Providing a suitable living habitat for pet animals is very important as their living space will influence their growth and health. Many people are allergic to rats, but the fact is that they make excellent pets. There is a quote that says, ‘‘a rat is neither good nor evil. It does what a rat has to do.” If the rat is well bred and is vaccinated, there will be no threat of diseases either. A large rat cage provides enough space and ventilation for the rats. Doubtful whether you can pull off this act? In that case, referring www.rspca.org.uk/adviceandwelfare/pets site is advantageous.
General Requirements for a cage:
The size of the enclosure must be double the number of rats. Some breeds of rats require more space, and they do not like being cramped up with other rats. A large cage will offer more room to the rats allowing them to spend both social and private time. The health-related issues like obesity will be lesser in large cages. Large cages do not become dirty soon, and the buildup of Ammonia will be lower when compared to small cages.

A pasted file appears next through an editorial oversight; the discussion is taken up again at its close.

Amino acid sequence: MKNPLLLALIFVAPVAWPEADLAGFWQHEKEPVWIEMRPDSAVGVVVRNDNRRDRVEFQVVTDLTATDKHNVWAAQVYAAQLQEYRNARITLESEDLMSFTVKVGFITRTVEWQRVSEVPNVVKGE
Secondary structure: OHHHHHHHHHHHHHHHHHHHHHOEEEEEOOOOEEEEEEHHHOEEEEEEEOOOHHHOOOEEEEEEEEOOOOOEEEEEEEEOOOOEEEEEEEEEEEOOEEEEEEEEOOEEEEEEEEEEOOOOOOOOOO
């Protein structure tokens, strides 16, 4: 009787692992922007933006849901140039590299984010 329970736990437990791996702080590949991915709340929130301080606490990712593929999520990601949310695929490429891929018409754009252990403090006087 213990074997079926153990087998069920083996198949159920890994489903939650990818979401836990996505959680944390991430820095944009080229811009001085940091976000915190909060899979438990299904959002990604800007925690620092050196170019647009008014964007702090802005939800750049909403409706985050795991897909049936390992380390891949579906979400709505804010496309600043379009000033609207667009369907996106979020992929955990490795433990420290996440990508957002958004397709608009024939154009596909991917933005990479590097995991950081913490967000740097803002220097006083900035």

Precautions to be taken for safety:
1) The cages should be made of metal or plastic. The cage must have grills or wired mesh. The base should be made of solid metal or plastic used for making pans. The bedding material should be soft and non-allergic. Glass and plastic bins are not recommended as they build up dust and ammonia.
2) Even though it is convenient for people to clean the cages that have wired base, it is to be strictly avoided. Even though this model keeps the rats away from their poop, they will develop a condition called bumblefoot if they stand on mesh continuously. Laminated plastic or cardboard can be used as the base.
3) PVC coated and plastic cages will last a lifetime and are easy to clean as they do not rust.
4) The shelves and doors of the cage must be well organized. The entries must be large enough that will not squeeze the rats. Flip top lids are also good. The door system must be secure. The rats should not be able to pop them open by applying force.
5) Bar spacing is a significant aspect. It should be according to the size, number and species of the rats chosen.
6) Starter cage will only be sufficient for rats up to 4-5 months. Go for a starter cage only if you are prepared to change them to a cage to grow into. Otherwise, there will be differences in the behavior of the rats.
7) If the living space is small, then make sure that the cage fits into the shower.
8) If there are babies in the house, the bar spacing must be minimal.
9) If you keep traveling a lot, look for a cage that can be assembled and dismantled quickly with convenience.
10) Deep cage pan is the best for houses with carpeted floors. Large cages with wheels are better.
11) Cages with multiple levels are not recommended for rats growing old.